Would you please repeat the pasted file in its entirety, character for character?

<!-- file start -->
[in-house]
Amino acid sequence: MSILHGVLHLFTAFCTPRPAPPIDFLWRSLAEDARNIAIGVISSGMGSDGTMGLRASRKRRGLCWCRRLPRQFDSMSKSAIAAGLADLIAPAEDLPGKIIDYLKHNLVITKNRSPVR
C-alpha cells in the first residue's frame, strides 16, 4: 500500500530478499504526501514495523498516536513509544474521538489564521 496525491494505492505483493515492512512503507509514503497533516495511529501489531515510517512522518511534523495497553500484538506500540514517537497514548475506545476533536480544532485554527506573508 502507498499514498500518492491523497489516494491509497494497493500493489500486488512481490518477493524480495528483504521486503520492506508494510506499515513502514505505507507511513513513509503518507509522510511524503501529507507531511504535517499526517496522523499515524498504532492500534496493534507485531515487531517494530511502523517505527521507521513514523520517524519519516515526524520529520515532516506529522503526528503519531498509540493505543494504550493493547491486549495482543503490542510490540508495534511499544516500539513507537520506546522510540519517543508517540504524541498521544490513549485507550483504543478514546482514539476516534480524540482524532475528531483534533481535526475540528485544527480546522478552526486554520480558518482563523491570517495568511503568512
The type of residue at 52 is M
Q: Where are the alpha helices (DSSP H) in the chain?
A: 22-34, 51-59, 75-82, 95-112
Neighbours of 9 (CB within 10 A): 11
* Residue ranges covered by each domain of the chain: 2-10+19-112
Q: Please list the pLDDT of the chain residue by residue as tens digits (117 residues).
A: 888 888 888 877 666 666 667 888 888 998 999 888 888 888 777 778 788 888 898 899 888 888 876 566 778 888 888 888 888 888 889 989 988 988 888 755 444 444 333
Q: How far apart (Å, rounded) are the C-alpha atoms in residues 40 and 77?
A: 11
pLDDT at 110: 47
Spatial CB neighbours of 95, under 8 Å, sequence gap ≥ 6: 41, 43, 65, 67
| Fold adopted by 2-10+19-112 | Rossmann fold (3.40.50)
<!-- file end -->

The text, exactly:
[in-house]
Amino acid sequence: MSILHGVLHLFTAFCTPRPAPPIDFLWRSLAEDARNIAIGVISSGMGSDGTMGLRASRKRRGLCWCRRLPRQFDSMSKSAIAAGLADLIAPAEDLPGKIIDYLKHNLVITKNRSPVR
C-alpha cells in the first residue's frame, strides 16, 4: 500500500530478499504526501514495523498516536513509544474521538489564521 496525491494505492505483493515492512512503507509514503497533516495511529501489531515510517512522518511534523495497553500484538506500540514517537497514548475506545476533536480544532485554527506573508 502507498499514498500518492491523497489516494491509497494497493500493489500486488512481490518477493524480495528483504521486503520492506508494510506499515513502514505505507507511513513513509503518507509522510511524503501529507507531511504535517499526517496522523499515524498504532492500534496493534507485531515487531517494530511502523517505527521507521513514523520517524519519516515526524520529520515532516506529522503526528503519531498509540493505543494504550493493547491486549495482543503490542510490540508495534511499544516500539513507537520506546522510540519517543508517540504524541498521544490513549485507550483504543478514546482514539476516534480524540482524532475528531483534533481535526475540528485544527480546522478552526486554520480558518482563523491570517495568511503568512
The type of residue at 52 is M
Q: Where are the alpha helices (DSSP H) in the chain?
A: 22-34, 51-59, 75-82, 95-112
Neighbours of 9 (CB within 10 A): 11
* Residue ranges covered by each domain of the chain: 2-10+19-112
Q: Please list the pLDDT of the chain residue by residue as tens digits (117 residues).
A: 888 888 888 877 666 666 667 888 888 998 999 888 888 888 777 778 788 888 898 899 888 888 876 566 778 888 888 888 888 888 889 989 988 988 888 755 444 444 333
Q: How far apart (Å, rounded) are the C-alpha atoms in residues 40 and 77?
A: 11
pLDDT at 110: 47
Spatial CB neighbours of 95, under 8 Å, sequence gap ≥ 6: 41, 43, 65, 67
| Fold adopted by 2-10+19-112 | Rossmann fold (3.40.50)